By Jon-Ryan Maloney
Gary Gall never intended to be a strength and conditioning coach. After graduating from Susquehanna University in 2009, he wanted to join the United States Navy — the SEALs or SWCCs in particular.
While working full-time as a recruiter for a healthcare agency, Gall began training three to six hours a day in preparation for basic training. His expectations were dashed, though, when it was discovered he had a small scar in his left eye, a condition that would disqualify him from service.
Though it crushed him, the naval officers noticed Gall’s determination. They noticed how good he was at lifting weights. He was so good they offered him an internship to train other Navy recruits. It wasn’t long before Gall had moved to Aberdeen, South Dakota to become a strength and conditioning graduate assistant at Northern State University.
Now as Head Strength and Conditioning Coach at New Paltz, it only makes sense that Gall’s styles of training and leadership draw heavily from the military:
Jon-Ryan Maloney: Since your original ambition was to go into the NAVY Seals, is there anything you bring from that experience into your job right now?
Gary Gall: As far as leadership, the military promotes a big picture. You’re part of something bigger than you, and if you falter you’re going to cause a kink in the chain that’s going to bring everybody else down. So that’s what I really want to create in the weight room here. When I organize kids I have them in small groups, and I have group leaders. The leaders and I talk before the workout about what’s expected of them, where they have to go, and how they have to lead their group. It’s not just me anymore. This is supposed to be your team, you’re supposed to be a captain, so you have to start to provide for the team.
JRM: We’ve talked about this in the past, but can you give more detail about how you organize your team workouts?
Gall: When the athletes come down to the weight room I have a packet of folders for their session. Each folder comes with a detailed workout, and it comes with a name tag on the folder. The name tag has the last name of the four to six leaders I’ve picked out. Once they come down I’ll meet with those leaders for a brief time. We’ll talk about the workout, we’ll talk about any adjustments that need to be made, and we’ll go over what they need to know. On those sheets are a list of expectations from me about creating an environment, creating accountability, or guiding the freshmen. I’ll purposely put a weaker, inexperienced lifter with a certain leader to see how she handles it.
This is one of the big adjustments I made this year, because I never knew how much athletes took ownership of the workouts. One thing I said in our staff meetings back in the summer is that if we create this leadership academy, we’ve got to make something for the athletes that’s like a badge of honor. So my first step with that was to use post-it notes for the leaders’ names on the folders. The leaders could change every week. You were given this opportunity, but it’s not your right to keep it. If you’re not doing what I think needs to be done, or you’re not doing quite enough, somebody else’s name will be on there. I guess the biggest thing behind it is accountability. I’m sure you might be having these same problems, but athletes these days don’t take much initiative. They kind of want things done for them. So how can I change that a little bit?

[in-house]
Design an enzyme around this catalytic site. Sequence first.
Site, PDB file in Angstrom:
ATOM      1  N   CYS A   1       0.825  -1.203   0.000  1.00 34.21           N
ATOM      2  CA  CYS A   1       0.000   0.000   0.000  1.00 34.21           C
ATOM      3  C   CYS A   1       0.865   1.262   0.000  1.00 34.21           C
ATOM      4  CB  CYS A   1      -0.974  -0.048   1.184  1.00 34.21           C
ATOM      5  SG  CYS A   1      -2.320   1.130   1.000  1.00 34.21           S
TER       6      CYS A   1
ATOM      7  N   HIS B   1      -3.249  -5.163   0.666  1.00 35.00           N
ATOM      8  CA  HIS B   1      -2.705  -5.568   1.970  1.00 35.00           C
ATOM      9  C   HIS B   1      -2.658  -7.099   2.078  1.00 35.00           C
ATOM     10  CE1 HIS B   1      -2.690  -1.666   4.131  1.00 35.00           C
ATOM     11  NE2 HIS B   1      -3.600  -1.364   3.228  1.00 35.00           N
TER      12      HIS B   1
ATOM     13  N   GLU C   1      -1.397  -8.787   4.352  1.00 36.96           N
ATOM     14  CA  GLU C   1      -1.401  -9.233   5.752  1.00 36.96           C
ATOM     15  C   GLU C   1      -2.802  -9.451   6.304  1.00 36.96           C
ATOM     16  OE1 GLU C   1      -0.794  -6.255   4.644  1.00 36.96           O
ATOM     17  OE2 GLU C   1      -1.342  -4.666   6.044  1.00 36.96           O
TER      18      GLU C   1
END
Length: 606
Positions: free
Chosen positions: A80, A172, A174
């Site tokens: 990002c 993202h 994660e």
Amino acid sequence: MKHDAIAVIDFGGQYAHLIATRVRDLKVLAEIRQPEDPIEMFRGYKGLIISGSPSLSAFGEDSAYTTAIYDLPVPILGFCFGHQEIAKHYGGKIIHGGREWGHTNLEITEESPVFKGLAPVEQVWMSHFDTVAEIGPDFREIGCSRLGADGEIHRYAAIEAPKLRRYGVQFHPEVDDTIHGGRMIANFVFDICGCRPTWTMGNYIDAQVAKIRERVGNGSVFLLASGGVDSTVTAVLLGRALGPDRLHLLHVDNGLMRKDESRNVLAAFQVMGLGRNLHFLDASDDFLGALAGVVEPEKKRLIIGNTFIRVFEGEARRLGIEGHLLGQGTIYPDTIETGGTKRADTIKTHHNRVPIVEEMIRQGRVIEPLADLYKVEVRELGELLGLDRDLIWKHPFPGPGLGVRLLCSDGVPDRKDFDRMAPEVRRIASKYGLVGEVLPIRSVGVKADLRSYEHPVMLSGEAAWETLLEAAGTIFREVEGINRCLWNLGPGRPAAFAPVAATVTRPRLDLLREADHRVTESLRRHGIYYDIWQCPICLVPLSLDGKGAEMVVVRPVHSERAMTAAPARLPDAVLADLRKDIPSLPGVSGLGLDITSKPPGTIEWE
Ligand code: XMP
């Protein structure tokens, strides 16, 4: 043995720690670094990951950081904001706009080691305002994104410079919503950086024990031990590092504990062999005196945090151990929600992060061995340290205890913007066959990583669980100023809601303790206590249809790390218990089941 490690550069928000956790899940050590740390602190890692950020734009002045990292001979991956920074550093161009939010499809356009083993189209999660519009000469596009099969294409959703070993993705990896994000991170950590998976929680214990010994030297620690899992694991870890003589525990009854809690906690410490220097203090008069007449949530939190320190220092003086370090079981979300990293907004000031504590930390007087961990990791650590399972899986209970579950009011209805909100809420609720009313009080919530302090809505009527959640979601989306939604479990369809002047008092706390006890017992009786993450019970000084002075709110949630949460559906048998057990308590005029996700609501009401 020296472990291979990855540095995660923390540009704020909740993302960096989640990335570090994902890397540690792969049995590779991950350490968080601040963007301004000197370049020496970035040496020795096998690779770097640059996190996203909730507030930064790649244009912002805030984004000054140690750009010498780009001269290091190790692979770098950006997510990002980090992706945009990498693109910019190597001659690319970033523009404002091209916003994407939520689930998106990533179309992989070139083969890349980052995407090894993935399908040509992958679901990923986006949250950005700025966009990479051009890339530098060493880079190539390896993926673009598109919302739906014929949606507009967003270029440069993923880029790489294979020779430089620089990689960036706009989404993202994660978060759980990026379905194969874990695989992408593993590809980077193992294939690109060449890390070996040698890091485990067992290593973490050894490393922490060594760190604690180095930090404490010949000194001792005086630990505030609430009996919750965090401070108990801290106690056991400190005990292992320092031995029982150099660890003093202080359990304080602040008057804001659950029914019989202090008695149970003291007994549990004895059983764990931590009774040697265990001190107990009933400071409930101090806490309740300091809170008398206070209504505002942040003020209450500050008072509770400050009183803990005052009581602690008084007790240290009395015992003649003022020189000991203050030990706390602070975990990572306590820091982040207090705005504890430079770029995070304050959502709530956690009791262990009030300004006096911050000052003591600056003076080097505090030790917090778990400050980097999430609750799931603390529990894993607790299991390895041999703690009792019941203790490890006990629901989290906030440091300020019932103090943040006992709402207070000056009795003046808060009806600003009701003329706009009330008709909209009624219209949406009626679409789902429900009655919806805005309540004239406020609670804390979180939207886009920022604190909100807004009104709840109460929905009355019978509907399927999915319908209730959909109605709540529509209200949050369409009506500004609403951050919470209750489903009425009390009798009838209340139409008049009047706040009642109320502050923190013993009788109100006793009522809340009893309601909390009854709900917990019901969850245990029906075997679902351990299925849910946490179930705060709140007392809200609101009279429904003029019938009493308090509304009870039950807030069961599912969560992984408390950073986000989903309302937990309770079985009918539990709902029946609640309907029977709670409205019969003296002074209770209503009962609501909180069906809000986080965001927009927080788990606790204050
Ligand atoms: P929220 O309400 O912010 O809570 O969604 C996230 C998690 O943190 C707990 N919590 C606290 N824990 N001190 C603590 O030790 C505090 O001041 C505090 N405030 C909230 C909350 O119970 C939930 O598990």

JRM: Well, that was going to be another question for you. You’re going to speak at the Buffalo State Strength and Conditioning Clinic in the spring about accountability, so can you give me an overview of what you’re going to talk about to the people there?
Gall: I’m going to talk about trying to build that weight room culture. My goal for workouts is to have them run similar to a military style of training. I noticed last year that there was a lot of down time. There was chit-chat going on, and casually going through reps. I didn’t see the best effort out of everybody all the time. So how do I eliminate that? The first thing I thought of was to count everything. Back in August I went from counting reps in a program to counting seconds. So an athlete will do a power clean for 15 seconds. Then he stops and has 15 seconds of rest, and we switch right to the next person. The smaller groups and smaller teams actually run like factories. Four or five people will be up ripping through their exercise, finish, and after a ten-second window the next person is up. What I noticed is that it completely eliminated down time. Everybody was moving. So my plan at Buffalo State is to organize the people into groups and go through something like that. One of the key things I noticed was that if there was poor communication in the beginning, the workout failed.
JRM: You mean communication with your leaders?